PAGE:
8. A fire inhibiting composition for use on relatively heavy fuels such as forest timber and the like comprising a pre-prepared dry mixture of from parts to 400 parts by weight of diammonium phosphate, 300 parts to 600 parts by weight of magnesium oxide, 50 parts to 200 parts by weight of bentonite, 5 parts to 30 parts by weight of dry milk solids, and 20 parts to 50 parts by weight of gum tragacanth.

9. The fire inhibiting composition of claim 8 in which said dry mixture is adapted to be added to Water for applying the composition to said fuel materials by spraying or the like in a ratio of approximately 1 part of the dry mixture to 8 parts of water.

10. The fire retardant composition of claim 8 in which said magnesium oxide is Overton Clay having approximately the following analysis after ignition: Free moisture 1%; MgO 35.28%; SiO 11.76%; A1 0 4%; CaO 6.16%; Fe O 52%; ignition loss (950 C.) 43.10% and pH (10% solids) 9.2%.

11. A fire retardant composition for use on light fuels such as grass, brush and the like comprising 1600 parts by weight of water to which is added a pre-prepared blend of from 50 parts to 300 parts by weight of diammonium phosphate, 200 parts to 600 parts by weight of magnesium oxide, 50 parts to 200 parts by weight of bentonite, 5 parts to 25 parts by weight of dry milk solids, and 1 part to 40 parts by weight of a carbohydrate gum.

12. The fire retardant composition of claim 11 in which said magnesium oxide is Overton Clay having approximately the following analysis after ignition: Free mois- 7 ture 1%; MgO 35.28%; SiO 11.76%; A1 4%; C210 6.16%; Fe O .52%; ignition loss (950 C.) 43.10%; and pH (10% solids) 9.2%.

13. A fire retardant composition for use on relatively heavy fuels such as forest timber and the like comprising 1600 parts by weight of water to which is added a preprepared blend of from 100 parts to 400 parts by weight of diammonium phosphate, 300 parts to 600 parts by weight of magnesium oxide, 50 parts to 200 parts by weight of bentonite, 5 parts to 30 parts by weight of dry milk solids, and 20 parts to 50 parts of a carbohydrate gum.

14. The fire retardant composition of claim 13 in which said magnesium oxide is Overton Clay having approximately the following analysis after ignition: Free moisture 1%; MgO 35.28%; SiO 11.76%; A1 0 4%; CaO 6.16%; Fe O .52% ignition loss (950 C.) 43.10% and pH solids) 9.2%.

15. A fire inhibiting composition for use on light fuels such as grass, brush and the like comprising a pre-prepared dry mixture of from 50 parts to 250 parts by weight of ammonium sulfate, 10 parts to 50 parts by weight of bentonite, 10 parts to 50 parts by weight of magnesium oxide, 1 part to 20 parts by weight of dry milk solids, and 0.1 part to 10 parts by weight of gum acacia.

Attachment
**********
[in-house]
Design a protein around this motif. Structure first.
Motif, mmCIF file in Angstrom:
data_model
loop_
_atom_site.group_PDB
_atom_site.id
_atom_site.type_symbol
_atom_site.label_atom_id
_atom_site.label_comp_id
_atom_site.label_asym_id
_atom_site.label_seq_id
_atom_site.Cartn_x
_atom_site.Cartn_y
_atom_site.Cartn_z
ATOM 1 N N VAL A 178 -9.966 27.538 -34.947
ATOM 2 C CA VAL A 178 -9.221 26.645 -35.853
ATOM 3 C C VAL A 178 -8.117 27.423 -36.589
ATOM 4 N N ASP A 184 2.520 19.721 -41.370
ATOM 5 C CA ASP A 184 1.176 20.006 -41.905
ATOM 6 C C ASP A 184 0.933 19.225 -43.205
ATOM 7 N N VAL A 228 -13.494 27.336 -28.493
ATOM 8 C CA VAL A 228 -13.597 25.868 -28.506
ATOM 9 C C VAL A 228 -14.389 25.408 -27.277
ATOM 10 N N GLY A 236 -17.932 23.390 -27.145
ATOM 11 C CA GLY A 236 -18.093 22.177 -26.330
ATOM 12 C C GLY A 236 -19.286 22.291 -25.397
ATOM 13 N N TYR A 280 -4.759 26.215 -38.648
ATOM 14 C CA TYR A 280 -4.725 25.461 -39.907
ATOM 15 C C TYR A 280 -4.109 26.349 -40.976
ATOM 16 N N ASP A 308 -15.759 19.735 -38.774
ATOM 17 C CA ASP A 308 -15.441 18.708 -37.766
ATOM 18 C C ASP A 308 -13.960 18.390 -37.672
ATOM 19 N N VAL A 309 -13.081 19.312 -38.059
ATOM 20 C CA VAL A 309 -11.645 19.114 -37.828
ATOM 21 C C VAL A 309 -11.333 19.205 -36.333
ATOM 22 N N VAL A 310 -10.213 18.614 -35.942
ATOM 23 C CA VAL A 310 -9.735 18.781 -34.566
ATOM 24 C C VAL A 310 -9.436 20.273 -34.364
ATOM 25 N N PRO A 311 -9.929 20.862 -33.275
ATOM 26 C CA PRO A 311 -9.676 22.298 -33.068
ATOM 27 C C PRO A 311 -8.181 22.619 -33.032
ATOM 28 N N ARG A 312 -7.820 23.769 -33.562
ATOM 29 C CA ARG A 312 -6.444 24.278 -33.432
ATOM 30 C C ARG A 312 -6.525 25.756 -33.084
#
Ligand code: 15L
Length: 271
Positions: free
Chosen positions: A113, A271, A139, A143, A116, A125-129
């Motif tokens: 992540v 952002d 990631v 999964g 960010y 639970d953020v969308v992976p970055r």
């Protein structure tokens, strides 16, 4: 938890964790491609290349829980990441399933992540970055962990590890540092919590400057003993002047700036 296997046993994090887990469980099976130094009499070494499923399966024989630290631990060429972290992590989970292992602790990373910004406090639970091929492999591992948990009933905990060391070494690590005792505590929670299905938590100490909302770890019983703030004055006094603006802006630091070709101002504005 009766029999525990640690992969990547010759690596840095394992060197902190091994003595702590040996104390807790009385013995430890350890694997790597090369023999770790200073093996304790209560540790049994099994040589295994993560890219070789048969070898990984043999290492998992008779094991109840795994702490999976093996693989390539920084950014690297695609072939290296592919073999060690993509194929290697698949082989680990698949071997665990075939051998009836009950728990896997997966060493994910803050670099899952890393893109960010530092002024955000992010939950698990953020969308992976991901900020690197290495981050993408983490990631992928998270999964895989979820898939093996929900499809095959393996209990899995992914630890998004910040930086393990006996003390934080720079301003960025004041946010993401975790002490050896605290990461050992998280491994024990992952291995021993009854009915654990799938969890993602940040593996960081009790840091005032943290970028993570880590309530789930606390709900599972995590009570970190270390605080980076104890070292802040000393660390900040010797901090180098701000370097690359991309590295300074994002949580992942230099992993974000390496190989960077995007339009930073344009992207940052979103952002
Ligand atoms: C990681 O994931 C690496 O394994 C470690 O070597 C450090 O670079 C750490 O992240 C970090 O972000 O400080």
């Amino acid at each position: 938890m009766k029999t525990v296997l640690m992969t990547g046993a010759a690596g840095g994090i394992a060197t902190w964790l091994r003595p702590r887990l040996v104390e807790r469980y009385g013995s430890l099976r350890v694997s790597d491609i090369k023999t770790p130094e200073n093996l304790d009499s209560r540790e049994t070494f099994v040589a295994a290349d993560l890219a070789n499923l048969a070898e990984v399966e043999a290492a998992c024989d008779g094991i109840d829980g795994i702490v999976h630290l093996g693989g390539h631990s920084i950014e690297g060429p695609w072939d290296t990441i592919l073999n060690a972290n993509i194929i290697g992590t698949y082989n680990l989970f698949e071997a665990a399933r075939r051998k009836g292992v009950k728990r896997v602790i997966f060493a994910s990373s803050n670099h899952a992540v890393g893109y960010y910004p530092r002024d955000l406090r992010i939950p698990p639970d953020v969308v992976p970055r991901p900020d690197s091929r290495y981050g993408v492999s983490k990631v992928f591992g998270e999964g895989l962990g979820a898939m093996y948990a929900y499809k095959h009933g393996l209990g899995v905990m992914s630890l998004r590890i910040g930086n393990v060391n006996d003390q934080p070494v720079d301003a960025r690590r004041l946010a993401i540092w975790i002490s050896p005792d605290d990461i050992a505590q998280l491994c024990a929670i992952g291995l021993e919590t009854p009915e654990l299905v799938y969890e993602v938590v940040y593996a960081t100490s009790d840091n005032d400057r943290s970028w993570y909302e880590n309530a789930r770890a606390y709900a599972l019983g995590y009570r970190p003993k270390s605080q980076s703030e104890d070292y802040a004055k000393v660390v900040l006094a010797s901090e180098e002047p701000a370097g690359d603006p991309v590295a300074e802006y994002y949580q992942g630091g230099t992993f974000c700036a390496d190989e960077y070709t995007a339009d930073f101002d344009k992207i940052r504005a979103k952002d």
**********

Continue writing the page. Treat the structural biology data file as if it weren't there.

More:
16. The fire inhibiting composition of claim in which said dry mixture is adapted to be added to water for applying the composition to said fuel materials by spraying or the like in a ratio of approximately 1 part of the dry mixture to 8 parts of water.

17. A fire inhibiting composition for use on relatively heavy fuels such as forest timber and the like comprising a pre-prepared dry mixture of from 100 parts to 400 parts by weight of ammonium sulfate, 15 parts to 100 parts by weight of bentonite, 15 parts to 100 parts by weight of magnesium oxide, 2 parts to 30 parts by weight of dry 8 milk solids, and 0.2 part to 20 parts by weight of gum acacia.

18. The fire inhibiting composition of claim 17 in which said dry mixture is adapted to be added to water for applying the composition to said fuel materials by spraying or the like in a ratio of approximately 1 part of the dry mixture to 8 parts of water.

19. A fire inhibiting composition for use on light fuels such as grass, brush and the like comprising 1600 parts by weight of water to which is added a pre-prepared blend of from parts to 250 parts by weight of ammonium sulfate, 10 parts to 50 parts by weight of bentonite, 10 parts to 50 parts by weight of magnesium oxide, 1 part to 20 parts by weight of dry milk solids, and 0.1 part to 10 parts by weight of gum acacia.

20. A fire inhibiting composition for use on relatively heavy fuels such as forest timber and the like comprising 1600 parts by weight of Water to which is added a preprepared blend of from parts to 400 parts by weight of ammonium sulfate, 15 parts to 100 parts by weight of magnesium oxide, 15 parts to 100 parts by weight of bentonite, 2 parts to 30 parts by weight of dry milk solids, and 0.2 part to 20 parts by weight of gum acacia.

References Cited UNITED STATES PATENTS 3,334,045 8/1967 Nelson 252-2 3,345,289 10/1967 Freifield 252-8.1 3,383,307 5/1968 Goetz 252-316 3,409,550 11/1968 Gould 252-81 JOHN T. GOOLKA SIAN, Primary Examiner D. J. FRITSCH, Assistant Examiner

Referenced by
Citing PatentFiling datePublication dateApplicantTitle
US3971882 *Feb 14, 1974Jul 27, 1976The Okonite CompanyElectrical cable having an outer sheath with improved pyrolysis properties
US4168239 *Aug 25, 1978Sep 18, 1979Petrolite CorporationFire suppressing concentrates
US4186778 *May 30, 1978Feb 5, 1980Dayco CorporationHose construction having integral fire extinguishant and method of making same
US4194979 *Apr 27, 1978Mar 25, 1980Harald GottschallDry chemical fire extinguishing powder containing alkali metal gluconate
US4822524 *Apr 1, 1988Apr 18, 1989Chemonics Industries, Inc.Ammonium phosphates and sulfate in aqueous mixture with thickeners; for aerial spraying
US4826534 *Oct 22, 1987May 2, 1989Calvin ShubowMetallizing compositions, metal bonded structures and methods of metallizing and/or fireproofing
US4839065 *Jan 30, 1987Jun 13, 1989Monsanto CompanyFire retardant concentrates and methods for preparation thereof
US4971728 *Dec 22, 1988Nov 20, 1990Monsanto CompanyMethod for the preparation of aqueous fire retarding concentrates
US4983326 *Dec 22, 1988Jan 8, 1991Monsanto CompanyFire retardant concentrates and methods for preparation thereof
US8246864 *Apr 22, 2009Aug 21, 2012Mats SvenssonFlame retardant composition
USRE30193 *Feb 11, 1976Jan 15, 1980 Calcium borates and a halogen source
Classifications
U.S. Classification252/603, 106/18.15, 252/2, 180/53.4, 252/7, 106/18.11, 106/17
International ClassificationA62D1/00
Cooperative ClassificationA62D1/0014
European ClassificationA62D1/00B2